We're agile! Often times we have to conform to our client's workflow and fold ourselves in, but below we'll describe our ideal process.

What we do

We focus on taking in our client's problems and churning out clever solutions. Often, getting a clear picture of the problems is the hardest part.

Communicating what is wrong and what is needed is difficult. When a client says their user should be able to schedule a meeting, what does that really mean? It probably means only certain people should be able to see the schedule, only certain people should be able to schedule a meeting, meetings shouldn't be longer than 3 hours, we need a way to keep meeting minutes organized, and so on.

How we do it

To solve our client's problems effectively, we need as much up front communication in the form of specs, wire-frames, in person meets, and video chats as possible. The more concrete the details the better — in most cases!

We have worked with clients on both ends of the organizational spectrum. At one end, we have had clients who create detailed overviews, with their own mock-ups of changes they want implemented. On the other end, we've had clients who don't really know what they want, only a vague sense of an end goal. While we prefer as much up front information as possible, we can work with clients wherever they land!

User stories

We generally structure our tasks in the form of user stories. User stories are concise, simple descriptions of some feature, from the perspective of the person who would be using that feature. Typically in the form of:

As a <someone>, I want <an objective> so I can <do something>

We work with our clients to create user stories to facilitate discussion about the end goal of a solution, rather than the nitty-gritty of solution implementations.

Scoring tasks

To plan effectively, these user stories are then given a difficulty "score" base on their perceived difficulty. Using these "scores" we can determine how long the project should take. This helps us more effectively determine our current progress and realistic delivery dates.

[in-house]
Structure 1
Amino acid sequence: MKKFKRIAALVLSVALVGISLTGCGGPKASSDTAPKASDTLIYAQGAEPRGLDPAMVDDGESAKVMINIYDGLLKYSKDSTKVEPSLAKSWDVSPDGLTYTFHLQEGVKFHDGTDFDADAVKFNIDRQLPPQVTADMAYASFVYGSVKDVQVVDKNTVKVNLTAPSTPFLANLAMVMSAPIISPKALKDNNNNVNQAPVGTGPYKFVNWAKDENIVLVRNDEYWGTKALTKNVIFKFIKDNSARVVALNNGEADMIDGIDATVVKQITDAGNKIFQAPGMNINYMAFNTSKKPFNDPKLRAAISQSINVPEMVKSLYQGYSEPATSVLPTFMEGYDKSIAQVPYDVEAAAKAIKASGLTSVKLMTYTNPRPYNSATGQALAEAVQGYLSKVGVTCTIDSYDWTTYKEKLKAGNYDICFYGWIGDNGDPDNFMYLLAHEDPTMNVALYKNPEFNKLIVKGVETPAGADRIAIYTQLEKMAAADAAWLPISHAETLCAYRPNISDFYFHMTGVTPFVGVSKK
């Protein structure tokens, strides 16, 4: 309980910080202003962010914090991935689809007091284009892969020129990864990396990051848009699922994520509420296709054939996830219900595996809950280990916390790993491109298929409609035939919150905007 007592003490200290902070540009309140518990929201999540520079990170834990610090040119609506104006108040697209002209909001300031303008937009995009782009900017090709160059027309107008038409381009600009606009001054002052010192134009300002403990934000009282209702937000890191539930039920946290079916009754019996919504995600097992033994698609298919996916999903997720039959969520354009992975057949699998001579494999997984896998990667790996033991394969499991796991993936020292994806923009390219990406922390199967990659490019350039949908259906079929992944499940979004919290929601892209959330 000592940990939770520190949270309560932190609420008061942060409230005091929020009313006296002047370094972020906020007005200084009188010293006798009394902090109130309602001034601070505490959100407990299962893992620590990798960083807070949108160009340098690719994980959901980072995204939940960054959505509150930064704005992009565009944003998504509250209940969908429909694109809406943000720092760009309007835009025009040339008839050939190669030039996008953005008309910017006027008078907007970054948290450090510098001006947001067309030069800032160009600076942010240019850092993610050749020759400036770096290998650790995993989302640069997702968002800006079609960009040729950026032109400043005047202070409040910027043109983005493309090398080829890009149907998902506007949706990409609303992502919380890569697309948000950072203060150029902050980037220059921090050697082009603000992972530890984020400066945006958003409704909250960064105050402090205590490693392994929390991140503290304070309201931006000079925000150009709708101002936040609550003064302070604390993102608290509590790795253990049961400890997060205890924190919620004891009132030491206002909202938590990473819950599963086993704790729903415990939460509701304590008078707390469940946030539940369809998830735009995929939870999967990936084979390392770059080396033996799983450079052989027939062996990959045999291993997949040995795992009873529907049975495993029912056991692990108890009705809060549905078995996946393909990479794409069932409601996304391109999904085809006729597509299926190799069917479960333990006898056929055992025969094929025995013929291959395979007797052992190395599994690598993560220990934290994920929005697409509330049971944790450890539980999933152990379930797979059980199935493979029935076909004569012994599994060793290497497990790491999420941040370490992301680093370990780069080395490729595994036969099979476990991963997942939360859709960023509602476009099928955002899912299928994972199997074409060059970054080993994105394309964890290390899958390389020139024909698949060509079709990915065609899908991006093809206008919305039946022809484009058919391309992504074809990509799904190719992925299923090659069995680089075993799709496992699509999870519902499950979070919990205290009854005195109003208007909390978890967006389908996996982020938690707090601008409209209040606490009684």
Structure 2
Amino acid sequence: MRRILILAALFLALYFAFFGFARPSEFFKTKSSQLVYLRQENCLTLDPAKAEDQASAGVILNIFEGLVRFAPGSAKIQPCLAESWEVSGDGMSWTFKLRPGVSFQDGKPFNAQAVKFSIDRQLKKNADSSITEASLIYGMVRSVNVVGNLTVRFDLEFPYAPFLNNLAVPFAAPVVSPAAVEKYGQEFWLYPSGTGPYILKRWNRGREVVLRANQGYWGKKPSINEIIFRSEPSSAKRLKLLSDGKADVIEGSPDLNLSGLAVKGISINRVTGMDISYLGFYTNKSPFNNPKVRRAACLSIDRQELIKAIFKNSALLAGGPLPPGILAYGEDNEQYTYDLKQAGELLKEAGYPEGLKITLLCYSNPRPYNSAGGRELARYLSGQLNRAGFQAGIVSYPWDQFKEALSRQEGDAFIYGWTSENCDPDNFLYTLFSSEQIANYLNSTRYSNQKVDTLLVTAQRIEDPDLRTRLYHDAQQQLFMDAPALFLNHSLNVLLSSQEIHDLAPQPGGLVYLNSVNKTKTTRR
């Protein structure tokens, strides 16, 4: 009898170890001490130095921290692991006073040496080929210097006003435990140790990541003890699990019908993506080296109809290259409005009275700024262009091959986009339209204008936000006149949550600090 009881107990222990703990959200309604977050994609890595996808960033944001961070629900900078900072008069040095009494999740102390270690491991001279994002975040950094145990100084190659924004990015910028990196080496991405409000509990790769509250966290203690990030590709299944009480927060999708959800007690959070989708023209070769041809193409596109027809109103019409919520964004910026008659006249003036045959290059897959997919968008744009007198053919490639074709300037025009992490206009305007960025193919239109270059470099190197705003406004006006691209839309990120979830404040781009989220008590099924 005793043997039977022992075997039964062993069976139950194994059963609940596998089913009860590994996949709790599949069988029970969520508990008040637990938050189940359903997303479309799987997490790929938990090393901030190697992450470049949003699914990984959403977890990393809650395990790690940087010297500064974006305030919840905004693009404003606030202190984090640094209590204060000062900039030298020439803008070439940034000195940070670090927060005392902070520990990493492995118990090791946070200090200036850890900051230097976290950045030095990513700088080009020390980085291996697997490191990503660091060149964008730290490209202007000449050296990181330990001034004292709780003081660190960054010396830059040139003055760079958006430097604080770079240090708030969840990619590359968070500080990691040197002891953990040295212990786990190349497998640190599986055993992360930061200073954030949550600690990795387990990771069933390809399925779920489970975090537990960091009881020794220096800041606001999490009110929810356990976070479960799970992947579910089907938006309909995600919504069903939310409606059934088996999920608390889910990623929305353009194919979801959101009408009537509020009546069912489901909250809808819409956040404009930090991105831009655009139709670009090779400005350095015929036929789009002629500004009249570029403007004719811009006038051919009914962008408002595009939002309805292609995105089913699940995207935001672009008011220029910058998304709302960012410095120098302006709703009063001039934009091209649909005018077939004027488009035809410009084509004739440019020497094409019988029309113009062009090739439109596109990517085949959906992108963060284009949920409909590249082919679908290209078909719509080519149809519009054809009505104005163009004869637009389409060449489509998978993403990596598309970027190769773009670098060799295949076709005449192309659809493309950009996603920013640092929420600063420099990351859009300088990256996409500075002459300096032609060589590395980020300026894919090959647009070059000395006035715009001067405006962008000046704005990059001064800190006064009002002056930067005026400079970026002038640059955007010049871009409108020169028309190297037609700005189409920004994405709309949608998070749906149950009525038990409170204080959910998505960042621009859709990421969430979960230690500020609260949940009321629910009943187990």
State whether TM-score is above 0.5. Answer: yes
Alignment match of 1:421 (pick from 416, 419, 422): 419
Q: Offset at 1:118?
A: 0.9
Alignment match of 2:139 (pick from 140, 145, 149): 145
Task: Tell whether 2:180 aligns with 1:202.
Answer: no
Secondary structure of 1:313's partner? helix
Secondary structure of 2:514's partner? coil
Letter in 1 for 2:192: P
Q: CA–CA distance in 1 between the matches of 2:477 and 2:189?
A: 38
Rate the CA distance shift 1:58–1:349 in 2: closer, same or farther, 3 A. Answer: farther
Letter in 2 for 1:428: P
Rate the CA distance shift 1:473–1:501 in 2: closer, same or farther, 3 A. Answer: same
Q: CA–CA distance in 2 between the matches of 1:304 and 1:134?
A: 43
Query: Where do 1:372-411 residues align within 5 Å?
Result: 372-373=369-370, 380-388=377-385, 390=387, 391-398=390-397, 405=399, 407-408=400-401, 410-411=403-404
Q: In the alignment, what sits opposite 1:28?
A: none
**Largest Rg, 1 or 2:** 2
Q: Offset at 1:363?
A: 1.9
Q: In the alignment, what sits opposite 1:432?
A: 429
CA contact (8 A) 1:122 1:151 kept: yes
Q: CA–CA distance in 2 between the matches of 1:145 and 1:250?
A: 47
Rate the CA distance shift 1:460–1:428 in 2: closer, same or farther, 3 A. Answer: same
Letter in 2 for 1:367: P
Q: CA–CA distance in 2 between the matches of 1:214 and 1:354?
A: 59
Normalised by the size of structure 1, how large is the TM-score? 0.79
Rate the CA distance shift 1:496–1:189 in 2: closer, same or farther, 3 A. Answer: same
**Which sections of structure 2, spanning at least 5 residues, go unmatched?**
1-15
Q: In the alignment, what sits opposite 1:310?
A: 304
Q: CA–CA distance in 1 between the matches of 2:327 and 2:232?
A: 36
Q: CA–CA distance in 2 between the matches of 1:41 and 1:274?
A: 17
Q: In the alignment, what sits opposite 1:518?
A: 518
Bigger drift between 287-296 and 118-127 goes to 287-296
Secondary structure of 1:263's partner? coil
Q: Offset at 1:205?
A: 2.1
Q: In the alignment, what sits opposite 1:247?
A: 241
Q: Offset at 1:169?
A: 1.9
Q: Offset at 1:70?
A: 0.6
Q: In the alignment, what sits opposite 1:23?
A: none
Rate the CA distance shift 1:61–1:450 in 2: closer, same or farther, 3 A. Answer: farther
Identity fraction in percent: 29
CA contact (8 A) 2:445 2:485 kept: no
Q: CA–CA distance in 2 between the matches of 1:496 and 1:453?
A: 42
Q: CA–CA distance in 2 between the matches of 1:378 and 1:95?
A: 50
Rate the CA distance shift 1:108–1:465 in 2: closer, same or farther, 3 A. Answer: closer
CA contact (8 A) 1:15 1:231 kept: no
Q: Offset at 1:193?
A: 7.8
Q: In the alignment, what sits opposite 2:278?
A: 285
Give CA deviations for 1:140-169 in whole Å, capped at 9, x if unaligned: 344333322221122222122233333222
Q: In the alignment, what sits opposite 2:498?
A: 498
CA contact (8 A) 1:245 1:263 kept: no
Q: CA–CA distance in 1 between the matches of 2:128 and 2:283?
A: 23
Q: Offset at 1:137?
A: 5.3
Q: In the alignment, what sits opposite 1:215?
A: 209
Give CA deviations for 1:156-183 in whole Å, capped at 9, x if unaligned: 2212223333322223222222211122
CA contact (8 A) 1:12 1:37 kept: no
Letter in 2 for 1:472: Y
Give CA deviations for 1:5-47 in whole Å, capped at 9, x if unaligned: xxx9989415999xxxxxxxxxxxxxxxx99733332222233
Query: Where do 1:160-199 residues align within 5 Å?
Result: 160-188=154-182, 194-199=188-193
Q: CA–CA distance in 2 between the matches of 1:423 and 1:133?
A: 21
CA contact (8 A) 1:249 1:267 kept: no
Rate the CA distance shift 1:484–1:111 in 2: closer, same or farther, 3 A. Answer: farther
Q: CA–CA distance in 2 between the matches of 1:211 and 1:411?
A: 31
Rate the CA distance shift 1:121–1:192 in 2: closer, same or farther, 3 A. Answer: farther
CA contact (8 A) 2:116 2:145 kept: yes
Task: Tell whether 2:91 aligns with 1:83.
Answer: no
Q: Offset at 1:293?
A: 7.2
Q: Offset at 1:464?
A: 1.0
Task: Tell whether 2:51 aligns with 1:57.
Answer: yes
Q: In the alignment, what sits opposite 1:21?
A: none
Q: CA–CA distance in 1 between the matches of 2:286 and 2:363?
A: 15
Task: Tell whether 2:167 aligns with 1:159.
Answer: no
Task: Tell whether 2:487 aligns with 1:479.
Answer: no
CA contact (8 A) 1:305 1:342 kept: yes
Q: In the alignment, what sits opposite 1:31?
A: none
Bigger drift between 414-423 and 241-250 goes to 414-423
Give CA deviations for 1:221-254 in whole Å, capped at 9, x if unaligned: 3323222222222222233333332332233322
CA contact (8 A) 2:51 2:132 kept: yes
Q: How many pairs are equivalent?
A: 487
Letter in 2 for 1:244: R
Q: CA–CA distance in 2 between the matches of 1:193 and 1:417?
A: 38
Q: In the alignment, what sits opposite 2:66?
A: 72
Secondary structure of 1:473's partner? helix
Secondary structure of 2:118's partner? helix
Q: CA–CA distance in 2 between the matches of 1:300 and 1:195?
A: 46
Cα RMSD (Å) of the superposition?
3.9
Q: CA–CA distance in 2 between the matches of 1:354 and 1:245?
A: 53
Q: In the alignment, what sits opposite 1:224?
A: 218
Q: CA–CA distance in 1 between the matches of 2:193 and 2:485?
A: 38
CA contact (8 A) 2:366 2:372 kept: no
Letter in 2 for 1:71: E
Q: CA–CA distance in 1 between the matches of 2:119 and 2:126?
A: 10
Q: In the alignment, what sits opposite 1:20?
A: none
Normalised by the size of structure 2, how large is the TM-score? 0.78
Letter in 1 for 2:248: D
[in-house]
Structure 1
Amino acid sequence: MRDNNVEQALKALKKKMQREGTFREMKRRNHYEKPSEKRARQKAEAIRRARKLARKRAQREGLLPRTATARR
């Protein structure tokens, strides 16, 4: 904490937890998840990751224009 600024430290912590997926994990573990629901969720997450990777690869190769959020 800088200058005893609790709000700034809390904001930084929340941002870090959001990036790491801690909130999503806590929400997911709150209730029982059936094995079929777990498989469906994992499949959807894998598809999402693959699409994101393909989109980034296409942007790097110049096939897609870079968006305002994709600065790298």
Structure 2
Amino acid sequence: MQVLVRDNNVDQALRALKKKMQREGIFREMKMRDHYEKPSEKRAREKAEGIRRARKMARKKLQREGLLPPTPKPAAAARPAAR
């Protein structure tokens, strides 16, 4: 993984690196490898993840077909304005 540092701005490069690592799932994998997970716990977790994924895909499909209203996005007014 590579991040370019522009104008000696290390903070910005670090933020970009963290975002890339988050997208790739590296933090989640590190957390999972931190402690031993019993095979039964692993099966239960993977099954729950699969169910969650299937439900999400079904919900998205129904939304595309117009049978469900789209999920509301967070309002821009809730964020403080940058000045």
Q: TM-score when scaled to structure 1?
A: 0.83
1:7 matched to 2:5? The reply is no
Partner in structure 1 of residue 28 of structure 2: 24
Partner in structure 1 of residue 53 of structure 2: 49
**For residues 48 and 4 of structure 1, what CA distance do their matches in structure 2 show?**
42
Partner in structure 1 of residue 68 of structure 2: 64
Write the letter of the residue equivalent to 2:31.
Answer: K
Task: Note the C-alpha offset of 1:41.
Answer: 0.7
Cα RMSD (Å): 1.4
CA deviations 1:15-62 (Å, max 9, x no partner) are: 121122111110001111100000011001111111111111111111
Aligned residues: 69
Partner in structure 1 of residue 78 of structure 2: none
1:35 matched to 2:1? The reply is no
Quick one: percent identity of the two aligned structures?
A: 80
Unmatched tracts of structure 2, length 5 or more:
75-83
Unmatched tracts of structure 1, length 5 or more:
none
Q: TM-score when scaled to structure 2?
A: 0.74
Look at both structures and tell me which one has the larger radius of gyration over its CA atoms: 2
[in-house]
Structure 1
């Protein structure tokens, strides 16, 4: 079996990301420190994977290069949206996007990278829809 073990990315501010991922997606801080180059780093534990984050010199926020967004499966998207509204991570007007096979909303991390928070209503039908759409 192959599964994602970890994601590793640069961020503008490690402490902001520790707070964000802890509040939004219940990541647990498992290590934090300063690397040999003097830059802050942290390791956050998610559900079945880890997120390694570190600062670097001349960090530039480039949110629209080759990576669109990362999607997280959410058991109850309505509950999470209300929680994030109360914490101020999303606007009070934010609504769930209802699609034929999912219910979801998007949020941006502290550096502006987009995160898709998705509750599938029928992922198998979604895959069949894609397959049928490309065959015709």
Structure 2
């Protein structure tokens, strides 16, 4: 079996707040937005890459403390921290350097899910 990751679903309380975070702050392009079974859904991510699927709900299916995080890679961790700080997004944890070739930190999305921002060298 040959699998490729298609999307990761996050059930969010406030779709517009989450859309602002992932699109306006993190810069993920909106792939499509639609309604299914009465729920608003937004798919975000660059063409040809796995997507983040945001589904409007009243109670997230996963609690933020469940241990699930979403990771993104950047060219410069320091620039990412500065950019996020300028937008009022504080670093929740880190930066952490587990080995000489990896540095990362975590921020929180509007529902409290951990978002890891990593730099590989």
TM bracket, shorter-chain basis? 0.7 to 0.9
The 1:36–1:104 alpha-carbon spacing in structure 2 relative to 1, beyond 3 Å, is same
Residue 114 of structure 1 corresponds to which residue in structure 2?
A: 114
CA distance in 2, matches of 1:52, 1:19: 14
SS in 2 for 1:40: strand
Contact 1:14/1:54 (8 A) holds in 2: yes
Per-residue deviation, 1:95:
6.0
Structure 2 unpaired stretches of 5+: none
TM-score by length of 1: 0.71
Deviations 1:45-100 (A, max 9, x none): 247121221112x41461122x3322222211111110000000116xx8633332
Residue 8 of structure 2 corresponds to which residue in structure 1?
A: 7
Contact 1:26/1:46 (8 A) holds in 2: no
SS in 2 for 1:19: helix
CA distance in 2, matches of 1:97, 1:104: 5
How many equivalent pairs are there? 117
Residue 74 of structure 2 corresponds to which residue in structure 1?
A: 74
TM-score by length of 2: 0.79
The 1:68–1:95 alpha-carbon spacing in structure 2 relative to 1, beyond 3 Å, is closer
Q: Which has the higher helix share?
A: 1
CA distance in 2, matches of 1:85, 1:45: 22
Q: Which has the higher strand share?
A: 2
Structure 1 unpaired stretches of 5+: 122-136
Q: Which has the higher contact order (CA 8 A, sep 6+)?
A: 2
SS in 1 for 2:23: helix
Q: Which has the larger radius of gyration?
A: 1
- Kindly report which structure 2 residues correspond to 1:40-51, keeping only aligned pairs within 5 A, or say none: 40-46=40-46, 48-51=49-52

Velocity is calculated by taking our point completion average of the last three weeks. Using this trend, coupled with the difficulty ratings of what is left in the project, we can more accurately calculate feature delivery dates, and communicate this information to the client in a meaningful way.

Sprint schedule

We work on a two week "sprint" cycle. We start with a clear set of tasks to work on for the next two weeks, and we address them in order of priority. At the end of these two weeks, we review our completed work, and use that information to forecast our next two weeks of work.

Day -n (before work on a project is started)

Project kick off

On a new project, we have a "kick off meeting" (or sometimes a series of meetings) with the client and any other relevant personnel. The goal of these meetings is to outline the bulk of the tasks on the project and give each of them a preliminary order of priority and anticipated difficulty.

Day 0 (before sprint ends)

Backlog grooming

As a sprint draws to a close, we "groom the backlog" of remaining tasks. We work with the client to make sure our order of priority matches theirs, and we also seek any additional clarification on tasks that may have come up during the course of the sprint. Any questions about acceptance criteria should be worked out during this grooming process.

It is important that our backlog grooming is addressed before the beginning of the next sprint, that way we can start each sprint with a fresh set of outlined tasks in a known order of priority.